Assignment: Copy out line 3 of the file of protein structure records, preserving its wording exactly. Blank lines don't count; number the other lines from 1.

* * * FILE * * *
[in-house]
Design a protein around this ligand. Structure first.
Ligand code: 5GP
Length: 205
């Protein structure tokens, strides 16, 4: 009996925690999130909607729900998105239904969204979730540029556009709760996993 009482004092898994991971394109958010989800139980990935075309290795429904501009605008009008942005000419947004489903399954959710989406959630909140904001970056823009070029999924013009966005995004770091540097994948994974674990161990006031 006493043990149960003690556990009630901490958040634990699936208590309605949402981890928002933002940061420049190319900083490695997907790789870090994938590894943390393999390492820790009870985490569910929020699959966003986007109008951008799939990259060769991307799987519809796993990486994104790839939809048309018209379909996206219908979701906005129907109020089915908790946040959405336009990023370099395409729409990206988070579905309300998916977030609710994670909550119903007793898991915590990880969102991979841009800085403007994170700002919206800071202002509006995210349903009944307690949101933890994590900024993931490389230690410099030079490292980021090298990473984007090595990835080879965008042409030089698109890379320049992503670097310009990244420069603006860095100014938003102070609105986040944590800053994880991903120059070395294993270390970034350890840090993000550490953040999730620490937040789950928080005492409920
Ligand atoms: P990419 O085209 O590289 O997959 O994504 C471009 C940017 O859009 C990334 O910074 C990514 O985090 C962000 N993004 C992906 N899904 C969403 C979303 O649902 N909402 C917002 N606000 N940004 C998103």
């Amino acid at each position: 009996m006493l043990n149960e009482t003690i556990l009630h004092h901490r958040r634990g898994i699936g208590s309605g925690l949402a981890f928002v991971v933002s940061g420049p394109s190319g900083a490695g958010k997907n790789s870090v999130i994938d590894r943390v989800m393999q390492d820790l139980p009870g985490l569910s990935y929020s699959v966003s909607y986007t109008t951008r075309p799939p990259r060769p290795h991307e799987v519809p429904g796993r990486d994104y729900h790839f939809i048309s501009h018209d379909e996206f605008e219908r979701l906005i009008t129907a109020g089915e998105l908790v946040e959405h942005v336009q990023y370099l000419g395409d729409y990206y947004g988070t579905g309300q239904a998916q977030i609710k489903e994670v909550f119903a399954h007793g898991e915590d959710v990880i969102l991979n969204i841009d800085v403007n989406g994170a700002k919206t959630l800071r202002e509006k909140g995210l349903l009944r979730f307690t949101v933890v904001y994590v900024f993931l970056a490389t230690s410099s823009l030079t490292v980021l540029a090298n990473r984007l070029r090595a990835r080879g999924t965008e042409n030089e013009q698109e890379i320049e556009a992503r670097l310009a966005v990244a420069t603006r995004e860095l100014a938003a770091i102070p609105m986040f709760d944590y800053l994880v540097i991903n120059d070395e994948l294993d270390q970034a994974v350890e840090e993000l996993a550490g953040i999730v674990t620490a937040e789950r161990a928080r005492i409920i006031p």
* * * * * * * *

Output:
Ligand code: 5GP